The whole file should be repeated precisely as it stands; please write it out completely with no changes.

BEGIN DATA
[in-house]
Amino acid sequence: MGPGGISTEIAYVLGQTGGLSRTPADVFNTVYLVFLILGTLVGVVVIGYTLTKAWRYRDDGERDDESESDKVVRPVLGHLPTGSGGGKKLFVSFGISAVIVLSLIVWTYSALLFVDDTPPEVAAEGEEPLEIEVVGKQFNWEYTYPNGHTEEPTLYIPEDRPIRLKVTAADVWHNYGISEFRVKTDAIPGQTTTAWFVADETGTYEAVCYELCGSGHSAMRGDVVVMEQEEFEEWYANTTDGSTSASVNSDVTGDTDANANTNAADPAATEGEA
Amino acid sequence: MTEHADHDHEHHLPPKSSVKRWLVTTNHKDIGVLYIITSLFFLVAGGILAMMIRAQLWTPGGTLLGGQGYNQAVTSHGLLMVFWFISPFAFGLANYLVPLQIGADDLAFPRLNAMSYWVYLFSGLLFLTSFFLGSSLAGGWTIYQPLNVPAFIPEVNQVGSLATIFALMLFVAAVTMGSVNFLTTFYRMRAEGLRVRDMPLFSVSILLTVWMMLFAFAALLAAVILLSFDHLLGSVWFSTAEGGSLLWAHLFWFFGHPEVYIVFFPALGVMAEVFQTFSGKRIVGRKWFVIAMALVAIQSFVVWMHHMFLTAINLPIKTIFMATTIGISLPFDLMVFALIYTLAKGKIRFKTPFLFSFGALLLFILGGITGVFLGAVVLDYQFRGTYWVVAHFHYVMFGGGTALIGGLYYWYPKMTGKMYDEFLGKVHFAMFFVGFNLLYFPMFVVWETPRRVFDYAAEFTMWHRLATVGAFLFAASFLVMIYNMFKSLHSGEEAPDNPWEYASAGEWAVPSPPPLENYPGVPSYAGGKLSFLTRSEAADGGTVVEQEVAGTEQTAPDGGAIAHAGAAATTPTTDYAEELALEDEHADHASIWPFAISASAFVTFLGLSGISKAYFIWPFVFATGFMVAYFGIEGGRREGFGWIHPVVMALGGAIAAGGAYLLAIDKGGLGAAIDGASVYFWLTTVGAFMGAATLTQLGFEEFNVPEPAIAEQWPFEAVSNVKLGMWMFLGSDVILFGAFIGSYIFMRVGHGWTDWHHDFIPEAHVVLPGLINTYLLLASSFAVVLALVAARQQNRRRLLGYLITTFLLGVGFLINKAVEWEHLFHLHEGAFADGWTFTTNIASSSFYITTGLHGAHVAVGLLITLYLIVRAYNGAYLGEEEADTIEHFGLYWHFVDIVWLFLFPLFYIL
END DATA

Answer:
[in-house]
Amino acid sequence: MGPGGISTEIAYVLGQTGGLSRTPADVFNTVYLVFLILGTLVGVVVIGYTLTKAWRYRDDGERDDESESDKVVRPVLGHLPTGSGGGKKLFVSFGISAVIVLSLIVWTYSALLFVDDTPPEVAAEGEEPLEIEVVGKQFNWEYTYPNGHTEEPTLYIPEDRPIRLKVTAADVWHNYGISEFRVKTDAIPGQTTTAWFVADETGTYEAVCYELCGSGHSAMRGDVVVMEQEEFEEWYANTTDGSTSASVNSDVTGDTDANANTNAADPAATEGEA
Amino acid sequence: MTEHADHDHEHHLPPKSSVKRWLVTTNHKDIGVLYIITSLFFLVAGGILAMMIRAQLWTPGGTLLGGQGYNQAVTSHGLLMVFWFISPFAFGLANYLVPLQIGADDLAFPRLNAMSYWVYLFSGLLFLTSFFLGSSLAGGWTIYQPLNVPAFIPEVNQVGSLATIFALMLFVAAVTMGSVNFLTTFYRMRAEGLRVRDMPLFSVSILLTVWMMLFAFAALLAAVILLSFDHLLGSVWFSTAEGGSLLWAHLFWFFGHPEVYIVFFPALGVMAEVFQTFSGKRIVGRKWFVIAMALVAIQSFVVWMHHMFLTAINLPIKTIFMATTIGISLPFDLMVFALIYTLAKGKIRFKTPFLFSFGALLLFILGGITGVFLGAVVLDYQFRGTYWVVAHFHYVMFGGGTALIGGLYYWYPKMTGKMYDEFLGKVHFAMFFVGFNLLYFPMFVVWETPRRVFDYAAEFTMWHRLATVGAFLFAASFLVMIYNMFKSLHSGEEAPDNPWEYASAGEWAVPSPPPLENYPGVPSYAGGKLSFLTRSEAADGGTVVEQEVAGTEQTAPDGGAIAHAGAAATTPTTDYAEELALEDEHADHASIWPFAISASAFVTFLGLSGISKAYFIWPFVFATGFMVAYFGIEGGRREGFGWIHPVVMALGGAIAAGGAYLLAIDKGGLGAAIDGASVYFWLTTVGAFMGAATLTQLGFEEFNVPEPAIAEQWPFEAVSNVKLGMWMFLGSDVILFGAFIGSYIFMRVGHGWTDWHHDFIPEAHVVLPGLINTYLLLASSFAVVLALVAARQQNRRRLLGYLITTFLLGVGFLINKAVEWEHLFHLHEGAFADGWTFTTNIASSSFYITTGLHGAHVAVGLLITLYLIVRAYNGAYLGEEEADTIEHFGLYWHFVDIVWLFLFPLFYIL